The reward of this approach is the reduction of education and residency time from say eight years to five years or rapid response to unexpected issues that leverages machine learning to determine actions based on the interactions within the virtual simulations. Or, streamline the processes to automatically update families on patient condition, or update “paperwork” for staff review as they walk by patients’ rooms, or see patients’ digital charts once their vitals are confirmed online. Intrigued? Here are more ways from MedicalFuturist.com to apply AR in HealthCare.

Think of the implications for healthcare, manufacturing, education — even HR, logistics, finance and troubleshooting issues holistically. Think of all the business processes and workflows you could transform to make your business more agile, productive and efficient.

Consider the data analysis you do across many environments, the apps deployed in your business, and how much time you spend moving in and out of these different systems. Business processes require rich data analysis to inform the next step or decision, capabilities that are inherent in K2 today, but with AR we could take this to a new level. Instead of scrolling on your mobile through emails or tasks device that require manual approval, or staring at reporting and monitoring dashboards, imagine being able to use a headset that presents 3-D data models all around you, positioned in the way that makes sense to you.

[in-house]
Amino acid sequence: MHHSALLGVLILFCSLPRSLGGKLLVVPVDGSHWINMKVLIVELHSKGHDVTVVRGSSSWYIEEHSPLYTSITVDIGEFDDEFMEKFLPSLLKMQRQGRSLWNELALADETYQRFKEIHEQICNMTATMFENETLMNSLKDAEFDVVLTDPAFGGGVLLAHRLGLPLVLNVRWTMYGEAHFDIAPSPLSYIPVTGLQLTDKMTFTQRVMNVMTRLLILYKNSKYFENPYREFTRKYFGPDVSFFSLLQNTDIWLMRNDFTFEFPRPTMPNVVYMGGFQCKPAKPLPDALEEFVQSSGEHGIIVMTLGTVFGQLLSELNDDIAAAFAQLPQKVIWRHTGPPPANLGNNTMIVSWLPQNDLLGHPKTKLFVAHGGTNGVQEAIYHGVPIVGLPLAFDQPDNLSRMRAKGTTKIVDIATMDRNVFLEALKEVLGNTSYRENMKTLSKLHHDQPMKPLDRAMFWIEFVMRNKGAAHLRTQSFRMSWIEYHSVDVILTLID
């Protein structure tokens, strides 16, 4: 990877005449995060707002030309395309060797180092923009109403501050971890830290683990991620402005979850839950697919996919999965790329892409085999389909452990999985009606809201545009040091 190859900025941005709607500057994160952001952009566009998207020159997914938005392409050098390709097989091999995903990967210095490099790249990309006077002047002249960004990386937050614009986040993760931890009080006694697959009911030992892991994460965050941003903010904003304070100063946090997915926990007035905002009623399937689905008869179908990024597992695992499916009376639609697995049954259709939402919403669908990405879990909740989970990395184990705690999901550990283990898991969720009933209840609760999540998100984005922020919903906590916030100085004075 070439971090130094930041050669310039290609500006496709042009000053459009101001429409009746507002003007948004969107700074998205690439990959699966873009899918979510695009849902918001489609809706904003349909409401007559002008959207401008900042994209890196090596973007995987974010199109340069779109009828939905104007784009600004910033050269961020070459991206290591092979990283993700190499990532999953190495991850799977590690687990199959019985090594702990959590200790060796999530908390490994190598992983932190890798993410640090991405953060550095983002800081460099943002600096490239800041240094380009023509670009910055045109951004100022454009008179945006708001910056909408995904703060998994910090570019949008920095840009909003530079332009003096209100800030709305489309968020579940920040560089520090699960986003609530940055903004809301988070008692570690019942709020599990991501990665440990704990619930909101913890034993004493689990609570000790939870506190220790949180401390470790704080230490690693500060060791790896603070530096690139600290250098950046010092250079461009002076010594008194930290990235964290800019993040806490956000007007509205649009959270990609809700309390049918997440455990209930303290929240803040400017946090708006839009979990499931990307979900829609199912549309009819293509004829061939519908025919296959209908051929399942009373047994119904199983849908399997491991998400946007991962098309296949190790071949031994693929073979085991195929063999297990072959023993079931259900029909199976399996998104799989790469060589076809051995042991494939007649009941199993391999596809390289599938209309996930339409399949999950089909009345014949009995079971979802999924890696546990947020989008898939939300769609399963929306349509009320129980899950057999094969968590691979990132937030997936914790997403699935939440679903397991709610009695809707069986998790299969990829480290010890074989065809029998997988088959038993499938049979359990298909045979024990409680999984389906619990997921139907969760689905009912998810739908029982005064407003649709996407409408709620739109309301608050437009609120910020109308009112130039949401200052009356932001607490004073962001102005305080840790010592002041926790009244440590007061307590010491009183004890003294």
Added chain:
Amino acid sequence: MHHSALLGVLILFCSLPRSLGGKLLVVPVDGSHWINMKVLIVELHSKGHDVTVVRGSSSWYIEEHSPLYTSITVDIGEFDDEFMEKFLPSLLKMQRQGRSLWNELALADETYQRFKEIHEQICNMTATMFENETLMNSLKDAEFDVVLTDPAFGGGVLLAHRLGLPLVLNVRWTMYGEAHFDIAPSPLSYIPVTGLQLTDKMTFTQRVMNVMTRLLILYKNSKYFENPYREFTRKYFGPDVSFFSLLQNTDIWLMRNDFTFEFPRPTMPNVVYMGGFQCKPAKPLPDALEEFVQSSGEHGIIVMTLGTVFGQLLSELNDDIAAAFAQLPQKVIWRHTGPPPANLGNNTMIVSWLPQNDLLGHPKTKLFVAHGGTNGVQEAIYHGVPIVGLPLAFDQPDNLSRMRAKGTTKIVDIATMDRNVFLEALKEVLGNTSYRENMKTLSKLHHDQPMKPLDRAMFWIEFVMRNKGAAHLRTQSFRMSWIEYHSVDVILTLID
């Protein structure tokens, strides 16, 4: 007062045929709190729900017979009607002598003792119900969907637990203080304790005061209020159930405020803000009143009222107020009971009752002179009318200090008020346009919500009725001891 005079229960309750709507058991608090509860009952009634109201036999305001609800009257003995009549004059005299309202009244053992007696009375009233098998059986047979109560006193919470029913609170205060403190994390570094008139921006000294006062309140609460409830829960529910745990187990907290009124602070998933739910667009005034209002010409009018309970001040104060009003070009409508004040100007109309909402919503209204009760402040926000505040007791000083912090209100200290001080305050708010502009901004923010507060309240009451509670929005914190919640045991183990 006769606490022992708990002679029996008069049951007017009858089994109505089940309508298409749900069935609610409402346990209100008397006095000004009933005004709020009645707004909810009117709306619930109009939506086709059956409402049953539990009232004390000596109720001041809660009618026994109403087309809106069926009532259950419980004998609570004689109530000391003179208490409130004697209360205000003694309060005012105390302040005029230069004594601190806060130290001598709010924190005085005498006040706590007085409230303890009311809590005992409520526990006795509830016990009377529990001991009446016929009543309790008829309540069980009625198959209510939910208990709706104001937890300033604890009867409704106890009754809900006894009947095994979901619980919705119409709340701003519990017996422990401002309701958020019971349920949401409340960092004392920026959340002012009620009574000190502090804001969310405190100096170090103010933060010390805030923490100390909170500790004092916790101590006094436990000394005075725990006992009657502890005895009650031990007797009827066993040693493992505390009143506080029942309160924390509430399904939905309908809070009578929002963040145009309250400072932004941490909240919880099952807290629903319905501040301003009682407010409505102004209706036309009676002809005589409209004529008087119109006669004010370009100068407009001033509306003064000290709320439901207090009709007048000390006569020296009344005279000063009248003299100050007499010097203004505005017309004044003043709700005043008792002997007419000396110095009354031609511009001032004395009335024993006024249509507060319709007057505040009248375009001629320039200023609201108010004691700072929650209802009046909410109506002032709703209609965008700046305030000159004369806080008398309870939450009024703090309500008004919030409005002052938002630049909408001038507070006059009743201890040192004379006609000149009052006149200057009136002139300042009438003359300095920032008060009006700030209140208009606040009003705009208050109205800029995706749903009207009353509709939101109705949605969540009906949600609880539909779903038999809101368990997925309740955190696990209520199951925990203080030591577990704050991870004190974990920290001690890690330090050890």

Perhaps items are bolded to grab your attention or a flashing alert informs you of bottlenecks in your globally deployed processes. In AR you could be presented with correction options based on machine learning algorithms that provide the best possible options. You’ll be able to contextualize information to make decisions faster, take immediate action, and consume more information simply by having an infinite 360-degree space. Not a static laptop screen, this AR space shows a global view of the process performance and instead of meeting over chat technology, you could discuss your analysis with expert colleagues from across the world by inviting them into your AR workspace to discuss the bottleneck by looking at the process in real time using K2 ViewFlow. Then, you can take immediate corrective action to keep your process automation running efficiently.

The opportunities for seamlessly connecting the digital world with the physical world in an augmented visual way are endless. The question, however, is how do companies build and run solutions that can harness all this new potential without breaking the bank on engineering resources? That’s where K2 comes in; as we dream of these possibilities, we wake up to make them a reality. One in which you can consume and apply these technologies at scale, in a simpler fashion that doesn’t require highly skilled resources. And, one in which more of your people can contribute to these transformations without needing to be scientists — so everyone is contributing to the transformation and innovation of your business. That’s what we at K2 aim to make possible with AR in the future as the technology is democratized.

What do you think about AR? Do you think it will see the same amount of progress in 2017, or more? Join the conversation on LinkedIn or Twitter using #LowCodeFuture5.